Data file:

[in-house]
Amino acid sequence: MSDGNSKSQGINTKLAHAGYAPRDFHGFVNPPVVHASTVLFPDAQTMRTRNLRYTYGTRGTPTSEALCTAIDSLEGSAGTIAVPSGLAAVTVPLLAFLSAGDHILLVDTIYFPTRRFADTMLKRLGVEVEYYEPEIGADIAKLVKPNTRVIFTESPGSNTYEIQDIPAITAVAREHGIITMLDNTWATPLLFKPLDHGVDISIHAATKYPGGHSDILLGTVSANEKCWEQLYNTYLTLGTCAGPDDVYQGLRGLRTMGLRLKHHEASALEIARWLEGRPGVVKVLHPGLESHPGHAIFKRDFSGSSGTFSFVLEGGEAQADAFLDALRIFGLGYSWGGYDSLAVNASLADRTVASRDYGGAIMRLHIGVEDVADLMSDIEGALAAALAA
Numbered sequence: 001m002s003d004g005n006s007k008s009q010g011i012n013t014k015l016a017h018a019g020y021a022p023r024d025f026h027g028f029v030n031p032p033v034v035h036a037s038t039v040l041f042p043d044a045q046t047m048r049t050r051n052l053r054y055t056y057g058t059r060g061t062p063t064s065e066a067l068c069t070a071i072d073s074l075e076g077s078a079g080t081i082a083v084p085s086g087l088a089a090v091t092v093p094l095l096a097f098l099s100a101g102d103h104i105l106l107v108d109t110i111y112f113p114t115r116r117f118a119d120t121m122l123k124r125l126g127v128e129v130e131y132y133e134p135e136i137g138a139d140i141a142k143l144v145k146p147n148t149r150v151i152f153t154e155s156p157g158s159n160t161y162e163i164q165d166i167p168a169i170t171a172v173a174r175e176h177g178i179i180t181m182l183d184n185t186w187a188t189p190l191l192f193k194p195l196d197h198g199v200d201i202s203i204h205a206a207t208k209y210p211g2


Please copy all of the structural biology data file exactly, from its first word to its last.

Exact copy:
[in-house]
Amino acid sequence: MSDGNSKSQGINTKLAHAGYAPRDFHGFVNPPVVHASTVLFPDAQTMRTRNLRYTYGTRGTPTSEALCTAIDSLEGSAGTIAVPSGLAAVTVPLLAFLSAGDHILLVDTIYFPTRRFADTMLKRLGVEVEYYEPEIGADIAKLVKPNTRVIFTESPGSNTYEIQDIPAITAVAREHGIITMLDNTWATPLLFKPLDHGVDISIHAATKYPGGHSDILLGTVSANEKCWEQLYNTYLTLGTCAGPDDVYQGLRGLRTMGLRLKHHEASALEIARWLEGRPGVVKVLHPGLESHPGHAIFKRDFSGSSGTFSFVLEGGEAQADAFLDALRIFGLGYSWGGYDSLAVNASLADRTVASRDYGGAIMRLHIGVEDVADLMSDIEGALAAALAA
Numbered sequence: 001m002s003d004g005n006s007k008s009q010g011i012n013t014k015l016a017h018a019g020y021a022p023r024d025f026h027g028f029v030n031p032p033v034v035h036a037s038t039v040l041f042p043d044a045q046t047m048r049t050r051n052l053r054y055t056y057g058t059r060g061t062p063t064s065e066a067l068c069t070a071i072d073s074l075e076g077s078a079g080t081i082a083v084p085s086g087l088a089a090v091t092v093p094l095l096a097f098l099s100a101g102d103h104i105l106l107v108d109t110i111y112f113p114t115r116r117f118a119d120t121m122l123k124r125l126g127v128e129v130e131y132y133e134p135e136i137g138a139d140i141a142k143l144v145k146p147n148t149r150v151i152f153t154e155s156p157g158s159n160t161y162e163i164q165d166i167p168a169i170t171a172v173a174r175e176h177g178i179i180t181m182l183d184n185t186w187a188t189p190l191l192f193k194p195l196d197h198g199v200d201i202s203i204h205a206a207t208k209y210p211g2